History has lots of candidates, from trappers to explorers to miners, military men, ranchers, homesteaders, even gunslingers. But you seldom hear this: “Though history has all but forgotten them, it was Christian preachers and teachers who really tamed the West.” At least, that’s the assessment of Christian History Magazine.
They have a good point and aren’t alone. One historian said, “Most western communities owe far more to these unheralded clerics than they do to the high-profile outlaws or icons.”
It’s not like the West didn’t already have lots of religion by the time the first white men and women appeared. Native people all had strong religious traditions, with Gods like Ussen, White Painted Woman and The Creator. But those nature-based religions were not recognized by traditional groups.
Next came the Catholics, who’d been spreading their religion across the southwest since the Spanish first arrived. Their presence was one of the prods for Protestant persuasions to make a B-line into the new territories west of the Mississippi River.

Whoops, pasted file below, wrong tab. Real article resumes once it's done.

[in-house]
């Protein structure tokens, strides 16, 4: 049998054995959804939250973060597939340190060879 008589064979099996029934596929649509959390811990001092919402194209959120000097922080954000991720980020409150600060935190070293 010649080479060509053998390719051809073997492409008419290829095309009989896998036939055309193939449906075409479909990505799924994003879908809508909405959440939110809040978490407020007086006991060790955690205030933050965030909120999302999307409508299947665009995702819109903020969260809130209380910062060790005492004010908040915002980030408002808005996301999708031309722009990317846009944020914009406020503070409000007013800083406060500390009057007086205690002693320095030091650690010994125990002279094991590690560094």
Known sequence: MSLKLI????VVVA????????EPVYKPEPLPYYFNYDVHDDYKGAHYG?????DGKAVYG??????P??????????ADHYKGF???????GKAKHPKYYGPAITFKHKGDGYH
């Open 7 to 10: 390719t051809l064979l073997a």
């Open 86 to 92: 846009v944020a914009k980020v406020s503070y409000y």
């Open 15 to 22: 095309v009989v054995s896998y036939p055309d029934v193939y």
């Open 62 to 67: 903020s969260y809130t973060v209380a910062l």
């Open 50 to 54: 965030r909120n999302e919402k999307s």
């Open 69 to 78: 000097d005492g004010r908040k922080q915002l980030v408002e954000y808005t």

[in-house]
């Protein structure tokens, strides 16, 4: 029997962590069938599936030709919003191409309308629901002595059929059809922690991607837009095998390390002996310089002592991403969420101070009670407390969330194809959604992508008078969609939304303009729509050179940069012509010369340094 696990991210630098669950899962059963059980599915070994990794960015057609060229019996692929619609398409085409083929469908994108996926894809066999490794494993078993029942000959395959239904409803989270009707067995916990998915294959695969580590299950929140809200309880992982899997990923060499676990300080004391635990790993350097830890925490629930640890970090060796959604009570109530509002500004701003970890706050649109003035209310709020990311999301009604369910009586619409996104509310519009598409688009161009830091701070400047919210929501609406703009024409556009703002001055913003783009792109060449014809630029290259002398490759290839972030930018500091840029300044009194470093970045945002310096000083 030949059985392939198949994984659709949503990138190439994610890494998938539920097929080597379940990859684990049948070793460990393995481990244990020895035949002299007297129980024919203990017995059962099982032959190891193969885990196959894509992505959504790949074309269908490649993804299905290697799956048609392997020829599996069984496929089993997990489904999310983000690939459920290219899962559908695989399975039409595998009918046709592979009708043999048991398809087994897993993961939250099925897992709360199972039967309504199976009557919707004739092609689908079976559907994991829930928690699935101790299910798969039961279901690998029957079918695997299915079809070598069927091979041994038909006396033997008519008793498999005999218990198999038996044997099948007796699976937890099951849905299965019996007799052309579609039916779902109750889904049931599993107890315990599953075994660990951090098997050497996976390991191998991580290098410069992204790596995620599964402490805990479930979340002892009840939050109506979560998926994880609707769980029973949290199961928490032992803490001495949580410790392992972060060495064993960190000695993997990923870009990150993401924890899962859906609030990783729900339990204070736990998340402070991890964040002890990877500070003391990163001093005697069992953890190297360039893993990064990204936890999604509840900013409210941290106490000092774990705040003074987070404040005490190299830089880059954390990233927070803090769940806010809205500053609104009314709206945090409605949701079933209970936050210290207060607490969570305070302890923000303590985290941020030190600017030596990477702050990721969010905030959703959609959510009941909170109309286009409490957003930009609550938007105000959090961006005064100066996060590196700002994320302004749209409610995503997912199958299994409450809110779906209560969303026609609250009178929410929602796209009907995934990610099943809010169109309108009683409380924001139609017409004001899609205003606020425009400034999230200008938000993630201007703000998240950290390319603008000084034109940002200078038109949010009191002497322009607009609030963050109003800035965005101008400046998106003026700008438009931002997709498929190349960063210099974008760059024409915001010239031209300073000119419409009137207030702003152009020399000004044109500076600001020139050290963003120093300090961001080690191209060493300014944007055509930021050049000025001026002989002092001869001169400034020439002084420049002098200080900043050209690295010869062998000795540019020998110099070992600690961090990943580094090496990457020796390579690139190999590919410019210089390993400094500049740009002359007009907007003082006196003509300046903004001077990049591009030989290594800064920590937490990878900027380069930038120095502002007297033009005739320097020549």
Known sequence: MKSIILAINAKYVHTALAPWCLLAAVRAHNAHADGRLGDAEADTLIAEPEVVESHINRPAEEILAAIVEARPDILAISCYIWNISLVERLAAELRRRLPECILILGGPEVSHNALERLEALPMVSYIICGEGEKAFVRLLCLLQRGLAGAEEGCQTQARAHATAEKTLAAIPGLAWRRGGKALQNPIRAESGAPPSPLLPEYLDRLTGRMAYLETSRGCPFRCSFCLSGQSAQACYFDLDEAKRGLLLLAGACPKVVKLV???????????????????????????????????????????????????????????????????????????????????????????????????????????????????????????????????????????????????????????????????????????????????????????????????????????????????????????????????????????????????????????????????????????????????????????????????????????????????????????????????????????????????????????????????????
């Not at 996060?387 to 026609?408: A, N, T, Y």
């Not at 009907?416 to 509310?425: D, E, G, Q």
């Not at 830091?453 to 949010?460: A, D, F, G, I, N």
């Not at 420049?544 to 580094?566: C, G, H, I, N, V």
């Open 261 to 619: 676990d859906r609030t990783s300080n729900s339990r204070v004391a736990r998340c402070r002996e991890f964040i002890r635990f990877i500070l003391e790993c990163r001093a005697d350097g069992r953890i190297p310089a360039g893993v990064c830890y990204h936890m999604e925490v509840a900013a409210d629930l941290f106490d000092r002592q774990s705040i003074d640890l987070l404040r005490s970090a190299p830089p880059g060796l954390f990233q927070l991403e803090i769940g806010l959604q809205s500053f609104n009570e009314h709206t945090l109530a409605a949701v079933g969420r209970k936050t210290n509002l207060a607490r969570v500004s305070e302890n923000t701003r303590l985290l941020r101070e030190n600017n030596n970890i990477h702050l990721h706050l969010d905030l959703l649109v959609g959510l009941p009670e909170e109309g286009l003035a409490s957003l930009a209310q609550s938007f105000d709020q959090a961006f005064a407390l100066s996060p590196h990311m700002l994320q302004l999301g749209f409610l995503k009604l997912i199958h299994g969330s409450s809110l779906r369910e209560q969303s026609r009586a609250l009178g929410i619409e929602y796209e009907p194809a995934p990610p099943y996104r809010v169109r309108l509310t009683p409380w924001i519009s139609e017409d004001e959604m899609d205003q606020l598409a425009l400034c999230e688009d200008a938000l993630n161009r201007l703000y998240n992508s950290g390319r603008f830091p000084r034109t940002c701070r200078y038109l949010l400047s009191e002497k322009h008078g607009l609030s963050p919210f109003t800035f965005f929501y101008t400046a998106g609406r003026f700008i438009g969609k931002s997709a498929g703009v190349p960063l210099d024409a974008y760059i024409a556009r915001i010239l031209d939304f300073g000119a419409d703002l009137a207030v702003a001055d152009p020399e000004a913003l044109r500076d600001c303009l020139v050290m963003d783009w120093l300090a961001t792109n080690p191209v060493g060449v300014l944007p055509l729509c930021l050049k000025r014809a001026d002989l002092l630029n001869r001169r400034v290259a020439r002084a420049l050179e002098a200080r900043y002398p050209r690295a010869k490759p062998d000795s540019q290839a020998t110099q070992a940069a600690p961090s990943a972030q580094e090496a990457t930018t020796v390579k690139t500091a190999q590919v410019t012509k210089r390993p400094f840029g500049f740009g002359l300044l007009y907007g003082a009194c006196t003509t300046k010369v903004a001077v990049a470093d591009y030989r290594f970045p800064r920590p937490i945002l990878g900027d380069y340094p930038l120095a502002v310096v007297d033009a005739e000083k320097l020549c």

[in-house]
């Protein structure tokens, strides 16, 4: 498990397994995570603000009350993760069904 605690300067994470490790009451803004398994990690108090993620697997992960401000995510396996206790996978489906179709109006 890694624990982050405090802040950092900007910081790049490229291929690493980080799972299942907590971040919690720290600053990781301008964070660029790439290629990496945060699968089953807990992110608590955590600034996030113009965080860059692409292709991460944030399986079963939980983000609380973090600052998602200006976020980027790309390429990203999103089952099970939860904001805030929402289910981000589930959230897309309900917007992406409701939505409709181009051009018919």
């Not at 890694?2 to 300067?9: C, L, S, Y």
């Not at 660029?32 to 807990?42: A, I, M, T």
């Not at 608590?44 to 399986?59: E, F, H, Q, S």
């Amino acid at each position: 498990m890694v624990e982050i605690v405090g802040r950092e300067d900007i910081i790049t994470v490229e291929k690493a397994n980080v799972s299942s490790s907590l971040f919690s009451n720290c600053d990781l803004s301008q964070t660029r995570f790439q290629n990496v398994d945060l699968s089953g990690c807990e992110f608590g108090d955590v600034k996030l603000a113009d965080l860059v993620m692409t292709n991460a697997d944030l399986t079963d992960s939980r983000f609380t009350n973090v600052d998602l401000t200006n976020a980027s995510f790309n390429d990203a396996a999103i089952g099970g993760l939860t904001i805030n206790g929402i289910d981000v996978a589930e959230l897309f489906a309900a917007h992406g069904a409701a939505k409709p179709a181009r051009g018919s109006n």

In “Westering Women,” author Susan Myers explains: “Americans saw the untamed wilderness as immoral and irreligious, and men and women alike decried the lack of churches and other suitable moral and religious institutions.” Then add the “hysteria” over Catholics—Protestants despised Catholicism and feared its spread was a “threat” to the nation. Proof was already visible in the East. Maryland was founded in 1632 to provide a refuge for Catholics, but Protestants took it over and by 1775, the only Colony that allowed Catholics to publicly worship was Pennsylvania.
Mormons—persecuted and hounded out of the East–were a major factor in settling the West, not only in Utah, where the religion was headquartered, but in other southwestern states as Mormon pioneers were sent out to create new settlements. One historian said that trying to write the story of the West without the Mormons is ignoring “the hole in the doughnut.”
Jews also helped settle the west, especially through the “Galveston Plan” that brought 10,000 Russian and European Jews through the Texas port in the early 1900s.
It’s not hard, considering that history, to see how America’s religions rushed to “save” the west. After all, they believed America was the world’s “Savior Nation.”